Leptin contributes to hemoglobin A1c in older adults in the Baltimore Longitudinal Study of Aging

Program: Abstracts - Orals, Featured Poster Presentations, and Posters
Session: MON 758-775-Beta Cells, Glucose Control & Complications
Monday, June 17, 2013: 1:45 PM-3:45 PM
Expo Halls ABC (Moscone Center)

Poster Board MON-765
Jenny Pena Dias*, David D. Liu, Luigi Ferrucci, Josephine Mary Egan and Chee Wei Chia
NIA/NIH, Baltimore, MD
Background: The use of hemoglobin A1c (A1c) for diagnosing diabetes has recently been adopted by the World Health Organization and the American Diabetes Association (1, 2).  A1c levels are reported to increase with age in nondiabetic populations (3).  The cause of this increase is unknown and questions the necessity of age-specific diagnostic criteria (3). Leptin affects the membrane fluidity of erythrocytes (4); therefore, we hypothesize that leptin may contribute to the age-associated increase in A1c. 

Methods: This cross-sectional analysis used data from 1185 subjects (49.7% men) who participated in the Baltimore Longitudinal Study of Aging with fasting plasma glucose (FPG) < 126 mg/dL or 2-hr plasma glucose from 75-gm oral glucose tolerance test (2hrG) < 200 mg/dL. Using multiple linear regression analysis, we tested the association between A1c and fasting plasma leptin levels adjusting for age, sex, BMI, FPG, and 2hrG. Leptin was log transformed for analyses. Data are presented as mean ± SE, except for leptin which was presented as median (interquartile range), and standardized regression coefficients (β) were used.

Results: The population characteristics are as follows:  age = 68±14 yrs; BMI = 27±5 kg/m²; A1c = 5.74 ± 0.46 %; FPG = 95.5 ± 10.3 mg/dl; 2hrG = 120.0 ± 34.2mg/dl; and leptin = 21.29±19.97 ng/ml.  Using multiple linear regression analysis, A1c was independently associated with leptin (β=0.14; P<0.001) after adjusting for age (β=0.20; P<0.001), BMI (β = -0.002, P =0.96), sex (β = -0.04, P=0.27), FPG (β =0.19; P<0.001) and 2hrG (β =0.13; P<0.001).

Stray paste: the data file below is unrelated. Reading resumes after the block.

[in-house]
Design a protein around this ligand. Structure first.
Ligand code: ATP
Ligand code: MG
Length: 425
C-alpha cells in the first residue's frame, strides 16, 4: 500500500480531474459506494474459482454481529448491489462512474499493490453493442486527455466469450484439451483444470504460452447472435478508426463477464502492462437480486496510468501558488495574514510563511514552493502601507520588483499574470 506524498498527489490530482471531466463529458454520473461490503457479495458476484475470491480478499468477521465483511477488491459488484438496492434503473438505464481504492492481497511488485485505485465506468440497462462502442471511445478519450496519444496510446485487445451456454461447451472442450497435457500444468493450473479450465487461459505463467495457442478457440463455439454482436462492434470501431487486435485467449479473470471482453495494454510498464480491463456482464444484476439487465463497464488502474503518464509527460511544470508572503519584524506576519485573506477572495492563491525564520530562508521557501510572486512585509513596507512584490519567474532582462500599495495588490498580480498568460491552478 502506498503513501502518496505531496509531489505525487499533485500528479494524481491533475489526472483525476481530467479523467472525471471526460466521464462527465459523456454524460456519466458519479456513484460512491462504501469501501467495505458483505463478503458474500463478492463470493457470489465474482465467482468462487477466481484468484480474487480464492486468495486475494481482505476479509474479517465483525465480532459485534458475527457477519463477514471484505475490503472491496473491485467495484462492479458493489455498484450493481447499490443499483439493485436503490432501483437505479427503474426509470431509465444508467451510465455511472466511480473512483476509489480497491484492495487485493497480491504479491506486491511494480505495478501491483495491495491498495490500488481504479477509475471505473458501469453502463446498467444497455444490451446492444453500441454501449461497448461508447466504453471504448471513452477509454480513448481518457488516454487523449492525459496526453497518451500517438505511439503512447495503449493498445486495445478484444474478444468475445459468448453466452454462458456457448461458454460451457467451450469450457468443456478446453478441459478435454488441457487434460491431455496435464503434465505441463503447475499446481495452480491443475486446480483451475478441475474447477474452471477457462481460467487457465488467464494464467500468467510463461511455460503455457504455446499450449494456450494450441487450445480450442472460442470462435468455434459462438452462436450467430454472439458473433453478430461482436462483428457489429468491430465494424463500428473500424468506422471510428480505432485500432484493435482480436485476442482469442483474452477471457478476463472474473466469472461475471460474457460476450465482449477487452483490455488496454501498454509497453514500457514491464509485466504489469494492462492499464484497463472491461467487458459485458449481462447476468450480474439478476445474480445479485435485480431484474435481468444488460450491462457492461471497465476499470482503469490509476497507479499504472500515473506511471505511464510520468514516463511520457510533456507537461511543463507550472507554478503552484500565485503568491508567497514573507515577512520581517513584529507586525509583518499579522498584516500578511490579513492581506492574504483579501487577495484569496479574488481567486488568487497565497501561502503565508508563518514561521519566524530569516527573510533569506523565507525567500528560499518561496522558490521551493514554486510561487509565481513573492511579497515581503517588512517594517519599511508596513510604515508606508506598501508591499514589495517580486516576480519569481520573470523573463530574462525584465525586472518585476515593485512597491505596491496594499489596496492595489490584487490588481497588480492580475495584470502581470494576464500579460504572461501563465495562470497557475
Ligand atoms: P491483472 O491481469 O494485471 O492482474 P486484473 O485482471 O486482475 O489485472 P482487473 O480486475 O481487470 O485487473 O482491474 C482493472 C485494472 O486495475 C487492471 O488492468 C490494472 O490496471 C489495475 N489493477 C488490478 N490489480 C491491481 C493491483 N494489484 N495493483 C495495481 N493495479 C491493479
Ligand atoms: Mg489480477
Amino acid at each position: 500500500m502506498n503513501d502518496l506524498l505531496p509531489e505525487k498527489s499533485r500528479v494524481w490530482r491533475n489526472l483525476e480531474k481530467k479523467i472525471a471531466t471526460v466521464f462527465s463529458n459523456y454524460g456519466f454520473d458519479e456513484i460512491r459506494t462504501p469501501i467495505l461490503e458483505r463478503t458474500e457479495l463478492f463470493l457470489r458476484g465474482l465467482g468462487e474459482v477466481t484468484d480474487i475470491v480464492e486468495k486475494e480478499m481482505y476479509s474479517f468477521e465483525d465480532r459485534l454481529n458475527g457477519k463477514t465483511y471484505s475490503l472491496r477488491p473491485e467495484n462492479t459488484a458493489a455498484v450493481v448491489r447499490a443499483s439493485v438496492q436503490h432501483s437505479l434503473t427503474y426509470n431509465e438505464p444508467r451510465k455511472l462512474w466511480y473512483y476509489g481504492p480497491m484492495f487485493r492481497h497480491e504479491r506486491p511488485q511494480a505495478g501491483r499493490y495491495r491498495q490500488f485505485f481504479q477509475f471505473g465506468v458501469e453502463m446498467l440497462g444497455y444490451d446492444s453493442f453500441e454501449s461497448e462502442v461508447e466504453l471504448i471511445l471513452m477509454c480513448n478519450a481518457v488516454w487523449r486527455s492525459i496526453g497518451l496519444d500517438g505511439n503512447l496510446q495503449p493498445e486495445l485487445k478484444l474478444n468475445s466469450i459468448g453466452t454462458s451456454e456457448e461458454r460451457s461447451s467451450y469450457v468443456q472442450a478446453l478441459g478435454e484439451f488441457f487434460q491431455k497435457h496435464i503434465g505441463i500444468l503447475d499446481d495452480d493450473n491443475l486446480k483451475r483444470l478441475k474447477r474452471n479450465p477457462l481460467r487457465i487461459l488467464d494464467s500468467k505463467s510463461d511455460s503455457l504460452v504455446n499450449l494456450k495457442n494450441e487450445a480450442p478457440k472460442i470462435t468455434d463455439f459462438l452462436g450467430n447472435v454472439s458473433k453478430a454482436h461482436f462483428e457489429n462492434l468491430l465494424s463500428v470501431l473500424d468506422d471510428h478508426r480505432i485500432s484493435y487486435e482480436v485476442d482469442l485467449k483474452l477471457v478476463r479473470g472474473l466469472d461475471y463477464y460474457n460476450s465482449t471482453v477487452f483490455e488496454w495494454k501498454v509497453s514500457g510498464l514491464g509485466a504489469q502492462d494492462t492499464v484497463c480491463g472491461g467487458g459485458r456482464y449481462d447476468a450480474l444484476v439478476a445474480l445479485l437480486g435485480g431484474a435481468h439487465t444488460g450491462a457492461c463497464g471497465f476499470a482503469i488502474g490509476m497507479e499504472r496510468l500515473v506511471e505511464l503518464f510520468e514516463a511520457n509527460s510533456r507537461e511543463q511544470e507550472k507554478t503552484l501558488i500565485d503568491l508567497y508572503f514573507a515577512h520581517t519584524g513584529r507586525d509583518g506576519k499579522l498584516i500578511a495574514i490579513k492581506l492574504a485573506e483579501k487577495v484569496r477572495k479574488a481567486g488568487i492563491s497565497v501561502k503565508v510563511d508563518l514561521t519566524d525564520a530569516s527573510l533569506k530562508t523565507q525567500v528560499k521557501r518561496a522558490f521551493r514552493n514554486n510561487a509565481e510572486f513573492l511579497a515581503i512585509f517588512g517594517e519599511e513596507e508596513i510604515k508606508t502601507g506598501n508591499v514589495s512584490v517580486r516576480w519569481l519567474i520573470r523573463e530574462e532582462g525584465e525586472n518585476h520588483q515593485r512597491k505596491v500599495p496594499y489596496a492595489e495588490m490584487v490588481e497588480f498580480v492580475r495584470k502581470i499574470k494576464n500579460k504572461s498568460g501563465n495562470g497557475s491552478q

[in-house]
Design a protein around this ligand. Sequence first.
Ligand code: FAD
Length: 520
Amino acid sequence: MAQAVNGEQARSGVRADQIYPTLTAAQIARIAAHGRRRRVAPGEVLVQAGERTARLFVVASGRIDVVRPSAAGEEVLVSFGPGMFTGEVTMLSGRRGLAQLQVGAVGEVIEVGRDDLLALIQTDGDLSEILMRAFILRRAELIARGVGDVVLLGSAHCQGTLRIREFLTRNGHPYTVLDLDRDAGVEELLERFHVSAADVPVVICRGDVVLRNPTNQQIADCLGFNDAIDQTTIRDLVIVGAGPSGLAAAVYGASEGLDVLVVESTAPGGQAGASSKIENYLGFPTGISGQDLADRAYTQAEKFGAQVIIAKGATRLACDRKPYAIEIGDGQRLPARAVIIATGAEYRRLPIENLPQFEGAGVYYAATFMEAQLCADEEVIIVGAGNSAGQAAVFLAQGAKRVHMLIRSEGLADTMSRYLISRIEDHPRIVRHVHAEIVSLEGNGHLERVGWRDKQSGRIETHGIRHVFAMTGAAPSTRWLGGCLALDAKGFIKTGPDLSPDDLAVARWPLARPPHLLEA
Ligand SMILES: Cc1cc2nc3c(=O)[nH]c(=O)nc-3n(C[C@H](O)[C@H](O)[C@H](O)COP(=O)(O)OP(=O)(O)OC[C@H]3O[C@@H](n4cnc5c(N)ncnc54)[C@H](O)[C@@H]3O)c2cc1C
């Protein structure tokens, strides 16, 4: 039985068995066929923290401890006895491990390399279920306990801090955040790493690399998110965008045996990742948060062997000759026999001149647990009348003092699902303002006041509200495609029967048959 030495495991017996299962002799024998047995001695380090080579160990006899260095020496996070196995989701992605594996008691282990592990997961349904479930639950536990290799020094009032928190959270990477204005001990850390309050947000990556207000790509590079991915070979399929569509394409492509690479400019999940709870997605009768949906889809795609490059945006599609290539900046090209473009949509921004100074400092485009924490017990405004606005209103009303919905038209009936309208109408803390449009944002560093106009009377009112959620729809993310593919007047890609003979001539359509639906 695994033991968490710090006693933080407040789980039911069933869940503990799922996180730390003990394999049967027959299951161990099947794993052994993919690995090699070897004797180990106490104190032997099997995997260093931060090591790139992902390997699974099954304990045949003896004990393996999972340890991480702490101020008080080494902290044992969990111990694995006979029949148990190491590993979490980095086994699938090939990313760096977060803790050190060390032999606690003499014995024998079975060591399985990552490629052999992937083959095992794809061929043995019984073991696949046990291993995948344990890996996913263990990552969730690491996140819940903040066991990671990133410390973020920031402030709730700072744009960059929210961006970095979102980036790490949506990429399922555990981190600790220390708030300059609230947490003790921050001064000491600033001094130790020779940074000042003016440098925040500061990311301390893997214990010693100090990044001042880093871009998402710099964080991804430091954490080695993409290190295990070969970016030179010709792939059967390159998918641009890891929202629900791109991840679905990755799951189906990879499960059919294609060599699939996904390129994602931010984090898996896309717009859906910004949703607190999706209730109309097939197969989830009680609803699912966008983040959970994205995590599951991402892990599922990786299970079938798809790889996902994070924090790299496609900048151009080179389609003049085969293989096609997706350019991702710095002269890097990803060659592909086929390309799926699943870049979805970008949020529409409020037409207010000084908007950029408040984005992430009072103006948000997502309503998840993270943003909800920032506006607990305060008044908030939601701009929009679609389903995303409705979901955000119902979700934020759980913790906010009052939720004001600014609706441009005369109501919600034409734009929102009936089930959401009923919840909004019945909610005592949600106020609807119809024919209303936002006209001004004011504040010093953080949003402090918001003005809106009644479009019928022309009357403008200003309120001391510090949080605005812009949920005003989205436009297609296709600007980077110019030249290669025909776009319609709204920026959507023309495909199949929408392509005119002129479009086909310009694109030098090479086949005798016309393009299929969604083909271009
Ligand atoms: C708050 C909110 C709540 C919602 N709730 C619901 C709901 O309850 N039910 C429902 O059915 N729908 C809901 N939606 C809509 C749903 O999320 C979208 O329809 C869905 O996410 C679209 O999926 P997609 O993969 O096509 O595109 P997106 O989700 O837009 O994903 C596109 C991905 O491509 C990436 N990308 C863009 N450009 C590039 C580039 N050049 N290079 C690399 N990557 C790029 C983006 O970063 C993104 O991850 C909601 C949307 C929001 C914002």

Conclusion: Circulating leptin levels may contribute to the age-associated increase of A1c.  Further research is needed to characterize how leptin and other as yet unknown factors contribute to the increase of A1c with age, and how best to use A1c in diagnosing diabetes in the older population.

1. World Health Organisation. Use of Glycated Haemoglobin (HbA1c) in the Diagnosis of Diabetes Mellitus. Geneva: World HealthOrganisation, 2011.   2.  Diagnosis and Classification of Diabetes Mellitus. Diabetes Care, January 2011.34, Supplement 1. 3. Pani, L.N., Korenda, L., Meigs, J.B., Driver, C., Chamany S., Fox, C.S., Sullivan, L., D’Agostino, R.B., Nathan, D.M. Effect of aging on A1C levels in individuals without diabetes: evidence from the Framingham Offspring Study and the National Health and Nutrition Examination Survey 2001-2004. Diabetes Care, 2008. 31(10): p. 1991-6.   4. Tsuda, K. and I. Nishio, Leptin and membrane fluidity of erythrocytes in essential hypertension. An electron paramagnetic resonance investigation. Am J Hypertens, 2004. 17(4): p. 375-9.

Nothing to Disclose: JPD, DDL, LF, JME, CWC

*Please take note of The Endocrine Society's News Embargo Policy at http://www.endo-society.org/endo2013/media.cfm

Sources of Research Support: This research was supported entirely by Intramural Research Program of NIH, NIA.